Sheeit, call me "jb".... I don't know how to manually contour either!!!!!

Awl --
'member dat loooong manual contouring thread, where I posted some
spreadsheet techniques for manual contouring using variables and passed
The one where it turned out that jb dint know how to contour OR use a
spreadsheet?? When he ran off like a gerl???
I think Garlic started that thread with a very inneresting article ca 1985
on manual contouring.
Well, truth be told, I didn't read all I proly should have, as I looked at
the pitchers, basically grokked what was going on (I thought), as it seemed
similar to other stuff I was doing/had done, and read some/skimmed some.
Well, ahm lookin at a simple part here, figgering I no need no stinkin fadal
CRC here, and it turns out.... Goddamm, I never *really* mimiced crc
manually the way I thought I had!!
Altho it seemed I was able to slick my way *around it* often enough.
But never truly mimiced it, it seems.
And, of course I would cave in and use crc whenever the going got really
I apparently did not realize just *how quickly* things get tough!!!
So I got a part here, which has a bit of an octagon thing goin on,
ostensibly no real need for crc, and as I tried to go around the first
corner, it hit me:
Man, I gotta go through *all this bullshit* just to go around a
goddamm non-90 deg corner????
And for the first time, I now *really* understand the diff between M96 and
M97 (iirc), and see that if you are manually contouring, it seems to be
actually easier to roll around a corner than to not roll.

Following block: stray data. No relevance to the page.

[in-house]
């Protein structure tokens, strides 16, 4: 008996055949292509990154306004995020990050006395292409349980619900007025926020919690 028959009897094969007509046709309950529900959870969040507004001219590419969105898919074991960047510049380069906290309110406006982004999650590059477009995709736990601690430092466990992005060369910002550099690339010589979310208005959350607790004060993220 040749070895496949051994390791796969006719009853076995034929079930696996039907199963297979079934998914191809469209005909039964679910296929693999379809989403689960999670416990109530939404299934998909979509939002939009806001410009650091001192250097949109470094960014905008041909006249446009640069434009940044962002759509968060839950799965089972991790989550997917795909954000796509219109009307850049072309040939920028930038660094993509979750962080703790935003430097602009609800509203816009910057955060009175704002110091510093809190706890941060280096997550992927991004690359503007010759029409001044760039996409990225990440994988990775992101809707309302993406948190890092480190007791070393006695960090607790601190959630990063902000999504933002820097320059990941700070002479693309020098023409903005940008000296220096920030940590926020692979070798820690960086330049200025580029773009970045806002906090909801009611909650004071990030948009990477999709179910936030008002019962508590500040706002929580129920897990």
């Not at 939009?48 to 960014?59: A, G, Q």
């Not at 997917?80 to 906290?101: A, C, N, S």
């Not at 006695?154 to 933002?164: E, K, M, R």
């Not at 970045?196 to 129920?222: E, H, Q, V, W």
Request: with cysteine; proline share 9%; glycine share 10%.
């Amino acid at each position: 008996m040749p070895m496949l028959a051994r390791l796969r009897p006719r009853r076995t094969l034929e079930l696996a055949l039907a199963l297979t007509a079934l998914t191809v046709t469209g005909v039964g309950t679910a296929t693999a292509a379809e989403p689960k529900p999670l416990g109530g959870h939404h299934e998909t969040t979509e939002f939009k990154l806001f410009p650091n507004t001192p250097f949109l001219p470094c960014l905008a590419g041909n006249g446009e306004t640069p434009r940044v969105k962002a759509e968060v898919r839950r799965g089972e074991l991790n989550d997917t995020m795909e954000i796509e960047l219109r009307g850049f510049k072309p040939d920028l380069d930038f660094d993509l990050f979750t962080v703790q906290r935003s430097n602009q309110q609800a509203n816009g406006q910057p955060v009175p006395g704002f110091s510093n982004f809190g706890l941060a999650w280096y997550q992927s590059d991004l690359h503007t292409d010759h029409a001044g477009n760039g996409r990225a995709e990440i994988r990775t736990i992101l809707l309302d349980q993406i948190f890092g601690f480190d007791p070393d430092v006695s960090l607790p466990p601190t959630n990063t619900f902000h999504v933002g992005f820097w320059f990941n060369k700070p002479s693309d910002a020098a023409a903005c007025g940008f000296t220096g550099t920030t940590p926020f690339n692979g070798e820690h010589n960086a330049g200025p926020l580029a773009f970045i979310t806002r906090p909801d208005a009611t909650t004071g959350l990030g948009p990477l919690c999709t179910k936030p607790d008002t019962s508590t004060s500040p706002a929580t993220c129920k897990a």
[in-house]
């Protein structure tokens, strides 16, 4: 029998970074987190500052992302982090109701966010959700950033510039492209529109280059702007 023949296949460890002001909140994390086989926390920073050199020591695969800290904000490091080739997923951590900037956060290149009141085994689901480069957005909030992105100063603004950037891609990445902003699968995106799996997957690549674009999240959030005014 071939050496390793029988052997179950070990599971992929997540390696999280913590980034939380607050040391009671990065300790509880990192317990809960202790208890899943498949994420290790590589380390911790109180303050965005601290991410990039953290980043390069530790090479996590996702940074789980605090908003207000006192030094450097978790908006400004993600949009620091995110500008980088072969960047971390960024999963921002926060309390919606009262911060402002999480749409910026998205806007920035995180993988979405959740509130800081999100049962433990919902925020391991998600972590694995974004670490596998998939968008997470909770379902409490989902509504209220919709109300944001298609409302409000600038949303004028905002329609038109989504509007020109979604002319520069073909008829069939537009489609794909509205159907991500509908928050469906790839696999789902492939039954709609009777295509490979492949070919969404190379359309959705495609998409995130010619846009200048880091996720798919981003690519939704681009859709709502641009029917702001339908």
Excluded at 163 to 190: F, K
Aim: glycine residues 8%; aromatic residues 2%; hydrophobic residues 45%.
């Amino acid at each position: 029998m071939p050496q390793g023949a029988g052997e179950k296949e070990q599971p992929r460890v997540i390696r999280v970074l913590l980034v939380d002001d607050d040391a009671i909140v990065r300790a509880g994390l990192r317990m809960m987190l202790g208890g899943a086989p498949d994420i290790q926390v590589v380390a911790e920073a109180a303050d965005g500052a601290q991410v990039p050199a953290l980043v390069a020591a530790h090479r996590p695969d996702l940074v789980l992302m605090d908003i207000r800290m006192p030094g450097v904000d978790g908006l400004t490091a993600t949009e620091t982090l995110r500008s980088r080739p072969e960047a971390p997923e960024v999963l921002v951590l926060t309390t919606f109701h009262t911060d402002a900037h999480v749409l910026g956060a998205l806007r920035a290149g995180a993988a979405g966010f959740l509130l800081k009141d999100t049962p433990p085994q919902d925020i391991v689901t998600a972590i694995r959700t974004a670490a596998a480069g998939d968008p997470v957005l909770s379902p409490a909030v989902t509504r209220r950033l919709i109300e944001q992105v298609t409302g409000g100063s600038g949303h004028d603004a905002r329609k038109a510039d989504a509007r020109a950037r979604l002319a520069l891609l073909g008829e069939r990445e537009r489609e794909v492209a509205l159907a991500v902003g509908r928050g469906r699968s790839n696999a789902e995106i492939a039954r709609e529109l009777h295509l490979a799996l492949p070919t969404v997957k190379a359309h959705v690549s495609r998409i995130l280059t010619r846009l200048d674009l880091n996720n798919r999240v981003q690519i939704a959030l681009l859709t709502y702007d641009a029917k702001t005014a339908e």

Ie, clearing the corner until you hit the new toopath for the next angled
edge is a worse picnic.
But with rolling you still gotta calc. the exact end point on the arc.....
For 90 deg, both ways are simple (non-rolling actually simpler for 90's),
but for anything else, goodgawd, you really gotta calculate yer ass off.
If not rolling around the corner, you gotta calc all kinds of parallel and
perpendicular lines'n'shit, with intersections! I think.....
So ahm thinkin, mebbe someone can post that link again!!!!
Or mebbe, if manual contouring is really this much of a pita, just fugit,
and use the crc.
The lesson I think I've lernt here is, Yo, anything other than 90 degrees:
CRC IT!!!!
Does anyone else put up The Good Fight to avoid CRC, and if so, at what
point do YOU cave in??? :)
Reply to
Loading thread data ...
I'll send you the material.
Reply to
John R. Carroll
On The way.
Reply to
John R. Carroll
Silly me....
I forgot I'm the only asshole around here without cadcam.... :) More incentive to get some, I spose.
Reply to
You need to have a loop so your cutter comes off the part loops around before cutting the next side for edge crispness. lol
I think there's a 15 year old version of millwrite still laying around where I work. Theyv'e since upgraded but the old versions are still laying around. Then there's old versions of autocad laying around, version 12 or 13 I think. All paid for but obsolete. So you go into autocad...draw your contour, save it as a dxf file. then you go into millwrite and import the dxf file as a custom font. Then simply place your new font letter A (your contour) where you want it. Add a G41 etc.. to the beginning and offset the width of your cutter at the machine with cutter comp..
You want free cadcam...say the word man, we'll build a system.